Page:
Rossana Magnotta is now dedicating her time to better research, understanding and advocacy surrounding Lyme disease. Her husband, Gabe Magnotta, died in 2009. He was diagnosed with Lyme disease just six years earlier. Rossana created the G. Magnotta Foundation for Vector-Borne Diseases in his memory.
She says some Canadians are forced to travel to other countries like the United States for testing for Lyme disease.
“It shouldn’t be like that in this country. It shouldn’t be a country where only if you have money, you can travel and you can go somewhere else to be treated,” she told Global News.
WATCH: Rossana Magnotta created the G. Magnotta Foundation for Vector-Borne Diseases in memory of her late husband, Gabe. She says more needs to be done to educate healthcare providers about Lyme disease.
Dr. Liz Zubek is a family physician in Maple Ridge, B.C. She specializes in the treatment of Lyme disease. She feels Canada needs a more accurate diagnostic test.
“When you actually look at the research, we’re only picking up about 40 per cent of the cases with our current two-tier testing system. In other words, there’s a lot of people falsely told they don’t have Lyme disease,” Dr. Zubek told Global News.
Lyme disease and ticks
With sunny weather and lush wilderness across Canada, many people head outdoors for camping, hiking or picnics in wooded areas.
A danger lurking are these small, blood-sucking insects that have been infected once they’ve fed on mice, squirrels, birds or other small animals carrying the potent bacteria.
According to the Public Health Agency of Canada, there are two types of ticks at play: the western blacklegged tick in British Columbia and the blacklegged tick in other parts of Canada.
Unlike mosquitoes that can transfer West Nile to humans with a single bite, the tick has to be attached to the body for at least 24 to 36 hours, according to public health officials. That’s enough time for the bacteria in the insect’s gut to make its way into its human host.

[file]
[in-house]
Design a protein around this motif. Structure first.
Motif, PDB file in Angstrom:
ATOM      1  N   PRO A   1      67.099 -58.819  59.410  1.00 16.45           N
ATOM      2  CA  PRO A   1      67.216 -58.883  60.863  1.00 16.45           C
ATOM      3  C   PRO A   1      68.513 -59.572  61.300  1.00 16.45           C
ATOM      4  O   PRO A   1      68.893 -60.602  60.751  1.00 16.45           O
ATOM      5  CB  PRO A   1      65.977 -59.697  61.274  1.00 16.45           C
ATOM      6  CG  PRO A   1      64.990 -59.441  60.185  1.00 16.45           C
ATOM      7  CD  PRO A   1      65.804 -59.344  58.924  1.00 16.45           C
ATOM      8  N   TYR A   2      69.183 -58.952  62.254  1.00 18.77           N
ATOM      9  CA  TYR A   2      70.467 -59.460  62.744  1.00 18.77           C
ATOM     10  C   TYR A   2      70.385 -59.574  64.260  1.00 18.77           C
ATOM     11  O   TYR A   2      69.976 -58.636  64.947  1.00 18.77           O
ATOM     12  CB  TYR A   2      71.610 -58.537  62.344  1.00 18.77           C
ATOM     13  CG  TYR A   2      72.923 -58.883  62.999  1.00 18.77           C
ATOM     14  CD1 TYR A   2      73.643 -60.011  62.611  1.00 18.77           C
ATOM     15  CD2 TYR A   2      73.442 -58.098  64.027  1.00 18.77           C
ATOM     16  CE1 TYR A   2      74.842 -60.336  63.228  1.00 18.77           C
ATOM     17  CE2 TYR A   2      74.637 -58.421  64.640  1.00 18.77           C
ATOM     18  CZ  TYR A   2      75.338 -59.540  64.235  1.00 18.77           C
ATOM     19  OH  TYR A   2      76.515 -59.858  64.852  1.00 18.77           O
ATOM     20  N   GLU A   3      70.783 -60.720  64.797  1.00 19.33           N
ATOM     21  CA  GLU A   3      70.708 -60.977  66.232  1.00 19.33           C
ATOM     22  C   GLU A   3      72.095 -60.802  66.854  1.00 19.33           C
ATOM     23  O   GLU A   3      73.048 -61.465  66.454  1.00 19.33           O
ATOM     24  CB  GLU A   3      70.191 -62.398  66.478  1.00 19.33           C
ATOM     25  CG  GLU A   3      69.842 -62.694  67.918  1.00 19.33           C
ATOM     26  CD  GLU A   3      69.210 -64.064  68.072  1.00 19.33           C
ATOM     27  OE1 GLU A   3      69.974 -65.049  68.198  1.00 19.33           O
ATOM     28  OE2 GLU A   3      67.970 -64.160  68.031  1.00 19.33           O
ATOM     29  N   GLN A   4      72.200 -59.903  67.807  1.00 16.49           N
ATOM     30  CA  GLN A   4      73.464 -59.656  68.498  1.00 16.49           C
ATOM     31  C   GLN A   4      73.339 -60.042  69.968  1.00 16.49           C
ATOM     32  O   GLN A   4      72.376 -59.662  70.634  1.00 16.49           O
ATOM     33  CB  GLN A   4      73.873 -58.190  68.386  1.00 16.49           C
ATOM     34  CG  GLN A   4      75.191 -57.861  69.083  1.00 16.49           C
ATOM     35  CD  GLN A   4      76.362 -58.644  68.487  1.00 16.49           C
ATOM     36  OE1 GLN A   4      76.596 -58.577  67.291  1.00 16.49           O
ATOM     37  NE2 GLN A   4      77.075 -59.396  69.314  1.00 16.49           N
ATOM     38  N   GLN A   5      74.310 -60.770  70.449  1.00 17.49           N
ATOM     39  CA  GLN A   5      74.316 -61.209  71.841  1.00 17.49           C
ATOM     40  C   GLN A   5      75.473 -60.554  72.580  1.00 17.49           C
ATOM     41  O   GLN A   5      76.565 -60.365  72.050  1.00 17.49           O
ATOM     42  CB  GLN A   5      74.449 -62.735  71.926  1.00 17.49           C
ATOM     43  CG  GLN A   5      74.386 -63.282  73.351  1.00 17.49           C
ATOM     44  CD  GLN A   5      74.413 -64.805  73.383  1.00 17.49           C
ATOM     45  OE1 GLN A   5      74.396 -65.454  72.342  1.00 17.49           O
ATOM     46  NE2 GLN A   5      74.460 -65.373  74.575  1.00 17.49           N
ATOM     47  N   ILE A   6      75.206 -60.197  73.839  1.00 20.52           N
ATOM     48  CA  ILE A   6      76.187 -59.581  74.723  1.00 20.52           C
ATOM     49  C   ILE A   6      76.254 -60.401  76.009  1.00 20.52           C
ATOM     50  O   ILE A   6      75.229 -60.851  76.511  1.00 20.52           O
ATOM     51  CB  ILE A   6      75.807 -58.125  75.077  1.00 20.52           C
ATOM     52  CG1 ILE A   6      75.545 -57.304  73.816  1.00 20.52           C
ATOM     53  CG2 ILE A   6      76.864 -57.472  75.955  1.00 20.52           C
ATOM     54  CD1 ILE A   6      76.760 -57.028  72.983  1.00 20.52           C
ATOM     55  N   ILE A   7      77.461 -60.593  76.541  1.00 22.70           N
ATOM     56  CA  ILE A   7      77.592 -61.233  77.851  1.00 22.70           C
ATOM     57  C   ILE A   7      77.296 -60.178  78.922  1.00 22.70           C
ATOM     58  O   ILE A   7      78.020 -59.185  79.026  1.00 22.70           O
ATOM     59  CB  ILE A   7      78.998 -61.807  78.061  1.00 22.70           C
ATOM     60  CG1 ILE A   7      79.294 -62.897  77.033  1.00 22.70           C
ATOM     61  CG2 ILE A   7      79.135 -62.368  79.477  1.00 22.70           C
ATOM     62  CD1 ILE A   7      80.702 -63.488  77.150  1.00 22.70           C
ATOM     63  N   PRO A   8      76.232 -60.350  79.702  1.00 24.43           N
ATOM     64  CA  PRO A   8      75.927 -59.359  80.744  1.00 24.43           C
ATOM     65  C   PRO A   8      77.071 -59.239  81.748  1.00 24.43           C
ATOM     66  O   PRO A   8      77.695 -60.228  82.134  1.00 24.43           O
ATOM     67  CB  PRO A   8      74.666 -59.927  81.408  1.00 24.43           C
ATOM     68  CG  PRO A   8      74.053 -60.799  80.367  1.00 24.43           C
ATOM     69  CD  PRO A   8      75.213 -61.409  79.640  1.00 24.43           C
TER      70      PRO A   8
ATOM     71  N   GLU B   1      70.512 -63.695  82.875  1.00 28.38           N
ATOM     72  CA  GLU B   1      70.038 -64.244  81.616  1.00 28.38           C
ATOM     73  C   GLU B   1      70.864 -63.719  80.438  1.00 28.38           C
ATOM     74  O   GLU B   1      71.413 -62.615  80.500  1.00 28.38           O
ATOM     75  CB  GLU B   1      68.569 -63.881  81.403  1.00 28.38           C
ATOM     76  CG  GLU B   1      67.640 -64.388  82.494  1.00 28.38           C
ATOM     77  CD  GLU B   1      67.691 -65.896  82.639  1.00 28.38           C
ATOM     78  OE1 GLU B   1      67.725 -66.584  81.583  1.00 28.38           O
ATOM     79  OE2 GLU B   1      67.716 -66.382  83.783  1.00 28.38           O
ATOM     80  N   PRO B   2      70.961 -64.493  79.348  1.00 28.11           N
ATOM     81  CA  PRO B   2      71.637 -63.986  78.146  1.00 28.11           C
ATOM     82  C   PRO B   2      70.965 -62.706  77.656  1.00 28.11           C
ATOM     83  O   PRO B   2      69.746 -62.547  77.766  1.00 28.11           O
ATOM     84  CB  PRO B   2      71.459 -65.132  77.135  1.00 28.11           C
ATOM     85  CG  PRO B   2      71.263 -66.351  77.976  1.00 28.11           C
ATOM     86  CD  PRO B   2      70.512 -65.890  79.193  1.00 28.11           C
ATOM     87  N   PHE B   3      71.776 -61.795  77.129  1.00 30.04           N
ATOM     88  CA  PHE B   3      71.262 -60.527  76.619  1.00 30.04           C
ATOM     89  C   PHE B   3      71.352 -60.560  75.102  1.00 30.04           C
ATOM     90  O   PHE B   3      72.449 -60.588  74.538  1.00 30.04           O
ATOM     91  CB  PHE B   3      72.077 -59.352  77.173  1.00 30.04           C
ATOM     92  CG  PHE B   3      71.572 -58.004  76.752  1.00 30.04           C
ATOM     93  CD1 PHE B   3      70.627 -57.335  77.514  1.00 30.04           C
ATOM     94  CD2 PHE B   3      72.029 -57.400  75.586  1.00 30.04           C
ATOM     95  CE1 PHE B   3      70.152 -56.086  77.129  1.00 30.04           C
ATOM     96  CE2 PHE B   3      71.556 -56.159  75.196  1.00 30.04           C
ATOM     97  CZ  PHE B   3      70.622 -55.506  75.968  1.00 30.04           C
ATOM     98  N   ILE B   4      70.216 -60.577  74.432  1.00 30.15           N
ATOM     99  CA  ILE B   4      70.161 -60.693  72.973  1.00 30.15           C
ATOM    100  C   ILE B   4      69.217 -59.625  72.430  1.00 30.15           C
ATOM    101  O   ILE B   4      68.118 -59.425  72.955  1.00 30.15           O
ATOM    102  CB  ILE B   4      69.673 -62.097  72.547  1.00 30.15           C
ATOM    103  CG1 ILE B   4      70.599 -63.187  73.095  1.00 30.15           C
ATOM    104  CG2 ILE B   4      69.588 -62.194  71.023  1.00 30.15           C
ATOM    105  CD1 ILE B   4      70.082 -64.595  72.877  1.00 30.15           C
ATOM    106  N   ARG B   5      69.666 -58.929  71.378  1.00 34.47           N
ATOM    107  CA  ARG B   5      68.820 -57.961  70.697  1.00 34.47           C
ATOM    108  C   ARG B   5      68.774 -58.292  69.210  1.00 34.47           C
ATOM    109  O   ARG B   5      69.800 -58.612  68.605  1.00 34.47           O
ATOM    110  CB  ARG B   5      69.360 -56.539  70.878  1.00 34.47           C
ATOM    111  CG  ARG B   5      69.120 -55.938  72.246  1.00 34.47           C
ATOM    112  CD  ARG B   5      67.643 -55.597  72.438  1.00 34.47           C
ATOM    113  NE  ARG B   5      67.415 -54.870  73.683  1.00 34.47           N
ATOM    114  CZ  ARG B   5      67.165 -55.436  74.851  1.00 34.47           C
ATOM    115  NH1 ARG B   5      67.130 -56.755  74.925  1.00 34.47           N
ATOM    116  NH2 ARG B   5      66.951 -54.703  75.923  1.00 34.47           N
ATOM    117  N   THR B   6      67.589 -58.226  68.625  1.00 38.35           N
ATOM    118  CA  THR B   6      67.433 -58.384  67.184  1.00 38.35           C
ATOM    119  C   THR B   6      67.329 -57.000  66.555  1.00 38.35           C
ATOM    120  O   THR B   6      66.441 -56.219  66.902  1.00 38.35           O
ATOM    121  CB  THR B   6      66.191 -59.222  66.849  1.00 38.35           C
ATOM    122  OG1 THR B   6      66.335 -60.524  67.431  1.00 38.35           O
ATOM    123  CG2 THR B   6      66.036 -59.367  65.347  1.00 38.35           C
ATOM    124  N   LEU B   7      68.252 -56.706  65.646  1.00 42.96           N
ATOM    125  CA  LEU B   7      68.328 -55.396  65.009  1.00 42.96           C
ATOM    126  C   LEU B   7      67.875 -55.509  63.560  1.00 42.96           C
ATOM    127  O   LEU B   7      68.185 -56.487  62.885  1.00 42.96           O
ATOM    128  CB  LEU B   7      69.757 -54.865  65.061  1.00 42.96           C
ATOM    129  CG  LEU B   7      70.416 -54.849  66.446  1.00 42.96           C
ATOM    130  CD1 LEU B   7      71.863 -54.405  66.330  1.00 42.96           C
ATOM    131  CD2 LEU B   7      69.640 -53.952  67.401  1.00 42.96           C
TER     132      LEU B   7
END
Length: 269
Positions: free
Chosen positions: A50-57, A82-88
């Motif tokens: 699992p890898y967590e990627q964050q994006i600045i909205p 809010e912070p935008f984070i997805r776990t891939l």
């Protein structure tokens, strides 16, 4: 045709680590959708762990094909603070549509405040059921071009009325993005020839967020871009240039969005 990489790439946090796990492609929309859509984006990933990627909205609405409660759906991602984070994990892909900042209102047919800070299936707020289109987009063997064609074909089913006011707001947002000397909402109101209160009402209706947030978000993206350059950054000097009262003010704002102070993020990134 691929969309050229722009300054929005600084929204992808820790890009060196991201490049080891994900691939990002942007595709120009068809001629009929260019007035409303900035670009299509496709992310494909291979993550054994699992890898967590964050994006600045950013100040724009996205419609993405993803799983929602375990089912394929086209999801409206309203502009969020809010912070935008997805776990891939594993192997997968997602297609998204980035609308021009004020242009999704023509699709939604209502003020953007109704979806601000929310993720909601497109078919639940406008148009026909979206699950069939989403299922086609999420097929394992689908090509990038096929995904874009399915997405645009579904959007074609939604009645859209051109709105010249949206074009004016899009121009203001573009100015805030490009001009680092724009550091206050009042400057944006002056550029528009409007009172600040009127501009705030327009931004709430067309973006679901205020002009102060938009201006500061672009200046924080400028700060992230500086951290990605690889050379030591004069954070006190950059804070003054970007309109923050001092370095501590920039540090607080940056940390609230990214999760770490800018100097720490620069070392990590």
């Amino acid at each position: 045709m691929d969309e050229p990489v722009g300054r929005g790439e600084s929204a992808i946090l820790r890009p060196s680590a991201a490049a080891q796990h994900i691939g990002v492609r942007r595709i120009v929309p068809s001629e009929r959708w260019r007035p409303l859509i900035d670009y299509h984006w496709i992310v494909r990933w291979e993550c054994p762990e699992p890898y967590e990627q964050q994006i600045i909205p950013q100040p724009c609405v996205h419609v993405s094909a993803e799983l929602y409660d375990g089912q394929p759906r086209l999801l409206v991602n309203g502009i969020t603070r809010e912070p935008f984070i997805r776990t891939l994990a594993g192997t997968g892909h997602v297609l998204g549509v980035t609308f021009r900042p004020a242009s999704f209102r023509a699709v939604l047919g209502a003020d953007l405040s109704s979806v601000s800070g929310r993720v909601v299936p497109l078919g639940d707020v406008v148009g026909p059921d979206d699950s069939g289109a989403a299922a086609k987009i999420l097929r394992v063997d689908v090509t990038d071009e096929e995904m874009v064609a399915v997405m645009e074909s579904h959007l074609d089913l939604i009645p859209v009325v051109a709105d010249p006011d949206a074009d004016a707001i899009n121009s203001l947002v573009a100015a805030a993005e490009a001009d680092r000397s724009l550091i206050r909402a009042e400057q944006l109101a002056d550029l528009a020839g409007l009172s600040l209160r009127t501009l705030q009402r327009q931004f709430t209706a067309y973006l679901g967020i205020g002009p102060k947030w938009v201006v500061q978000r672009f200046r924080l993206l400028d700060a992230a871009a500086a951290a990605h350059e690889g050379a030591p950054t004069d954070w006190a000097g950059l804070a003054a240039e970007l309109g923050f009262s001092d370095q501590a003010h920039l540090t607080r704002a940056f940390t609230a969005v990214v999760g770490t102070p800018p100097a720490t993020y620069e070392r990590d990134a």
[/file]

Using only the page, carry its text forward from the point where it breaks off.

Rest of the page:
WATCH: Tick season is underway and some Canadian experts are concerned there could be more ticks this season than ever before and that could lead to more cases of Lyme disease. A Toronto woman knows first-hand how difficult it can be, as Lyme disease is often misdiagnosed and misunderstood. Allison Vuchnich reports.
You could show symptoms within three to as long as 30 days: a rash at the site of the bite, headaches, fevers, muscle aches and the chills.
These symptoms appear to be the onset of Lyme disease. The condition was first discovered in the 1970s and was named after the town where the initial cases were diagnosed in — Lyme, Conn.
If it’s left untreated, it could move onto the second stage of the disease. The tick’s victim is left with multiple skin rashes, arthritis, heart palpitations, and central and peripheral nervous system disorders.
A third and final stage is recurring arthritis and neurological problems, according to Health Canada.
The little insects may be the predominant culprit of Lyme disease but they’re also responsible for carrying at least three other disease-inducing agents.
How to protect yourself against ticks:
- Wear light-coloured clothing. It makes ticks easier to see and remove before they can attach to feed.
- Wear long pants and a long-sleeved shirt, closed footwear and tuck your pants into your socks.
- Use a tick repellent that contains “DEET.” Apply it to your skin and outer clothing.
- Examine yourself thoroughly for ticks after a day out and use a mirror to check the back of your body.
– With files from Leslie Young and Kevin Nielsen